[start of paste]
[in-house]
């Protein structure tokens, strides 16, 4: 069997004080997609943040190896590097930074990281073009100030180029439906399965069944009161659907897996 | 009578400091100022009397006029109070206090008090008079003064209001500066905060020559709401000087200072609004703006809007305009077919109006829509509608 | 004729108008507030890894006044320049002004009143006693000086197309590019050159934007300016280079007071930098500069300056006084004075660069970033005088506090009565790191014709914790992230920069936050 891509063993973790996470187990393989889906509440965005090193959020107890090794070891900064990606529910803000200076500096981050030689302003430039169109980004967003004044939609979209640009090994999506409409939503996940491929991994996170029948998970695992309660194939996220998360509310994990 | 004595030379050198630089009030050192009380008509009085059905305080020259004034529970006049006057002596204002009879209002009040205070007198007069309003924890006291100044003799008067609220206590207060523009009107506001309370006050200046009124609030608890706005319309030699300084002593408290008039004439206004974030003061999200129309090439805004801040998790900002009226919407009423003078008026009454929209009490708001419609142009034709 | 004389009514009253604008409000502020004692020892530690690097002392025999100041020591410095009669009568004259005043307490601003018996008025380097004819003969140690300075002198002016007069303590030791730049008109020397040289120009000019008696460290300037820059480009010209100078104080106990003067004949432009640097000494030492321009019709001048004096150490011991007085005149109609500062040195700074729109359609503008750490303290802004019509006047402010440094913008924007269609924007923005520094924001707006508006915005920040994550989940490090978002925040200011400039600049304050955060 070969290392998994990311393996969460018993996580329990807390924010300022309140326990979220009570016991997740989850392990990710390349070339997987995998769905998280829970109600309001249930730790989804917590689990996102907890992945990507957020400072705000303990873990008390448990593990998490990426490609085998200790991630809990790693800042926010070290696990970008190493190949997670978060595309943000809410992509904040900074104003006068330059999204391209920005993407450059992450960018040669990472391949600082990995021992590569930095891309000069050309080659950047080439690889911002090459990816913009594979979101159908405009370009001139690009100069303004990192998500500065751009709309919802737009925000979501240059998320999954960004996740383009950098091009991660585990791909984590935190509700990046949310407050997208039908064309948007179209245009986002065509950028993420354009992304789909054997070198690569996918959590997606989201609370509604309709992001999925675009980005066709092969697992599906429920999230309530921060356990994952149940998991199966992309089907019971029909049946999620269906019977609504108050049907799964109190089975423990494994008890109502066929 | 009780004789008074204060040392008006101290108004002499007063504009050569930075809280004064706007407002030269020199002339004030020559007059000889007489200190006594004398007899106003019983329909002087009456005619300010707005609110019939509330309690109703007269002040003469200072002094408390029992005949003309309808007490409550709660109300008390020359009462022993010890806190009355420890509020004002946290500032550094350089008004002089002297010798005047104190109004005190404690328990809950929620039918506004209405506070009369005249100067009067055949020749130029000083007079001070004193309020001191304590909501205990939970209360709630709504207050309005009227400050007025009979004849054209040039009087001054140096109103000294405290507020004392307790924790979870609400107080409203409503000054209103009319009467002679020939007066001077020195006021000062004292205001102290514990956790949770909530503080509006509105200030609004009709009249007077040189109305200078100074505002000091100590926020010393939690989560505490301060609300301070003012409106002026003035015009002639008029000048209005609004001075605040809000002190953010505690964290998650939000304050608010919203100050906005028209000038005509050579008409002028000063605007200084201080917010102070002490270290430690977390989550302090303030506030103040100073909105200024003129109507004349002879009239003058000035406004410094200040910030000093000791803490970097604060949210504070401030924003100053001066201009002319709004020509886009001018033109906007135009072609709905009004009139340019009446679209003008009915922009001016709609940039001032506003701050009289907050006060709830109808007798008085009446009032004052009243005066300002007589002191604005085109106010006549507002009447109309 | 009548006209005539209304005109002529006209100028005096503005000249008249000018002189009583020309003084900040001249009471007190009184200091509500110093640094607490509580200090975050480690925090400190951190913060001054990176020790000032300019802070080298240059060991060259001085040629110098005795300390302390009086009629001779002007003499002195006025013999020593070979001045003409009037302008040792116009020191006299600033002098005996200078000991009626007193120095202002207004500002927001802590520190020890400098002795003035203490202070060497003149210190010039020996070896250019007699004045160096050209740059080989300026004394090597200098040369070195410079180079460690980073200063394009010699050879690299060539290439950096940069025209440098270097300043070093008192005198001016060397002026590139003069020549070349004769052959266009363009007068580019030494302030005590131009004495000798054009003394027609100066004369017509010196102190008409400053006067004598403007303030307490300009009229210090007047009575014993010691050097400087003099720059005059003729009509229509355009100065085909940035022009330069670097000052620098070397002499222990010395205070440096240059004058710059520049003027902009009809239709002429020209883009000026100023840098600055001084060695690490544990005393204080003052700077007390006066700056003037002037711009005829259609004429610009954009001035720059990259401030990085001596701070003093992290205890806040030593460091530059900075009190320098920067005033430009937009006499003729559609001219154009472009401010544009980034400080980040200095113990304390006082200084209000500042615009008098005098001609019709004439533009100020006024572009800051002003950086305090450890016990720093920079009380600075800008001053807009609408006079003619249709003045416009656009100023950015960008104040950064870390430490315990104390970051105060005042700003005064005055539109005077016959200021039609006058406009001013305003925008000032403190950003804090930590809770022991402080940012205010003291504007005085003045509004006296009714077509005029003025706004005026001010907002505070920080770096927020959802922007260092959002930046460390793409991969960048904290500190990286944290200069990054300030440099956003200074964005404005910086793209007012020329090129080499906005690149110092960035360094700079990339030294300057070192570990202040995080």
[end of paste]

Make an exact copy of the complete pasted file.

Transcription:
[in-house]
């Protein structure tokens, strides 16, 4: 069997004080997609943040190896590097930074990281073009100030180029439906399965069944009161659907897996 | 009578400091100022009397006029109070206090008090008079003064209001500066905060020559709401000087200072609004703006809007305009077919109006829509509608 | 004729108008507030890894006044320049002004009143006693000086197309590019050159934007300016280079007071930098500069300056006084004075660069970033005088506090009565790191014709914790992230920069936050 891509063993973790996470187990393989889906509440965005090193959020107890090794070891900064990606529910803000200076500096981050030689302003430039169109980004967003004044939609979209640009090994999506409409939503996940491929991994996170029948998970695992309660194939996220998360509310994990 | 004595030379050198630089009030050192009380008509009085059905305080020259004034529970006049006057002596204002009879209002009040205070007198007069309003924890006291100044003799008067609220206590207060523009009107506001309370006050200046009124609030608890706005319309030699300084002593408290008039004439206004974030003061999200129309090439805004801040998790900002009226919407009423003078008026009454929209009490708001419609142009034709 | 004389009514009253604008409000502020004692020892530690690097002392025999100041020591410095009669009568004259005043307490601003018996008025380097004819003969140690300075002198002016007069303590030791730049008109020397040289120009000019008696460290300037820059480009010209100078104080106990003067004949432009640097000494030492321009019709001048004096150490011991007085005149109609500062040195700074729109359609503008750490303290802004019509006047402010440094913008924007269609924007923005520094924001707006508006915005920040994550989940490090978002925040200011400039600049304050955060 070969290392998994990311393996969460018993996580329990807390924010300022309140326990979220009570016991997740989850392990990710390349070339997987995998769905998280829970109600309001249930730790989804917590689990996102907890992945990507957020400072705000303990873990008390448990593990998490990426490609085998200790991630809990790693800042926010070290696990970008190493190949997670978060595309943000809410992509904040900074104003006068330059999204391209920005993407450059992450960018040669990472391949600082990995021992590569930095891309000069050309080659950047080439690889911002090459990816913009594979979101159908405009370009001139690009100069303004990192998500500065751009709309919802737009925000979501240059998320999954960004996740383009950098091009991660585990791909984590935190509700990046949310407050997208039908064309948007179209245009986002065509950028993420354009992304789909054997070198690569996918959590997606989201609370509604309709992001999925675009980005066709092969697992599906429920999230309530921060356990994952149940998991199966992309089907019971029909049946999620269906019977609504108050049907799964109190089975423990494994008890109502066929 | 009780004789008074204060040392008006101290108004002499007063504009050569930075809280004064706007407002030269020199002339004030020559007059000889007489200190006594004398007899106003019983329909002087009456005619300010707005609110019939509330309690109703007269002040003469200072002094408390029992005949003309309808007490409550709660109300008390020359009462022993010890806190009355420890509020004002946290500032550094350089008004002089002297010798005047104190109004005190404690328990809950929620039918506004209405506070009369005249100067009067055949020749130029000083007079001070004193309020001191304590909501205990939970209360709630709504207050309005009227400050007025009979004849054209040039009087001054140096109103000294405290507020004392307790924790979870609400107080409203409503000054209103009319009467002679020939007066001077020195006021000062004292205001102290514990956790949770909530503080509006509105200030609004009709009249007077040189109305200078100074505002000091100590926020010393939690989560505490301060609300301070003012409106002026003035015009002639008029000048209005609004001075605040809000002190953010505690964290998650939000304050608010919203100050906005028209000038005509050579008409002028000063605007200084201080917010102070002490270290430690977390989550302090303030506030103040100073909105200024003129109507004349002879009239003058000035406004410094200040910030000093000791803490970097604060949210504070401030924003100053001066201009002319709004020509886009001018033109906007135009072609709905009004009139340019009446679209003008009915922009001016709609940039001032506003701050009289907050006060709830109808007798008085009446009032004052009243005066300002007589002191604005085109106010006549507002009447109309 | 009548006209005539209304005109002529006209100028005096503005000249008249000018002189009583020309003084900040001249009471007190009184200091509500110093640094607490509580200090975050480690925090400190951190913060001054990176020790000032300019802070080298240059060991060259001085040629110098005795300390302390009086009629001779002007003499002195006025013999020593070979001045003409009037302008040792116009020191006299600033002098005996200078000991009626007193120095202002207004500002927001802590520190020890400098002795003035203490202070060497003149210190010039020996070896250019007699004045160096050209740059080989300026004394090597200098040369070195410079180079460690980073200063394009010699050879690299060539290439950096940069025209440098270097300043070093008192005198001016060397002026590139003069020549070349004769052959266009363009007068580019030494302030005590131009004495000798054009003394027609100066004369017509010196102190008409400053006067004598403007303030307490300009009229210090007047009575014993010691050097400087003099720059005059003729009509229509355009100065085909940035022009330069670097000052620098070397002499222990010395205070440096240059004058710059520049003027902009009809239709002429020209883009000026100023840098600055001084060695690490544990005393204080003052700077007390006066700056003037002037711009005829259609004429610009954009001035720059990259401030990085001596701070003093992290205890806040030593460091530059900075009190320098920067005033430009937009006499003729559609001219154009472009401010544009980034400080980040200095113990304390006082200084209000500042615009008098005098001609019709004439533009100020006024572009800051002003950086305090450890016990720093920079009380600075800008001053807009609408006079003619249709003045416009656009100023950015960008104040950064870390430490315990104390970051105060005042700003005064005055539109005077016959200021039609006058406009001013305003925008000032403190950003804090930590809770022991402080940012205010003291504007005085003045509004006296009714077509005029003025706004005026001010907002505070920080770096927020959802922007260092959002930046460390793409991969960048904290500190990286944290200069990054300030440099956003200074964005404005910086793209007012020329090129080499906005690149110092960035360094700079990339030294300057070192570990202040995080």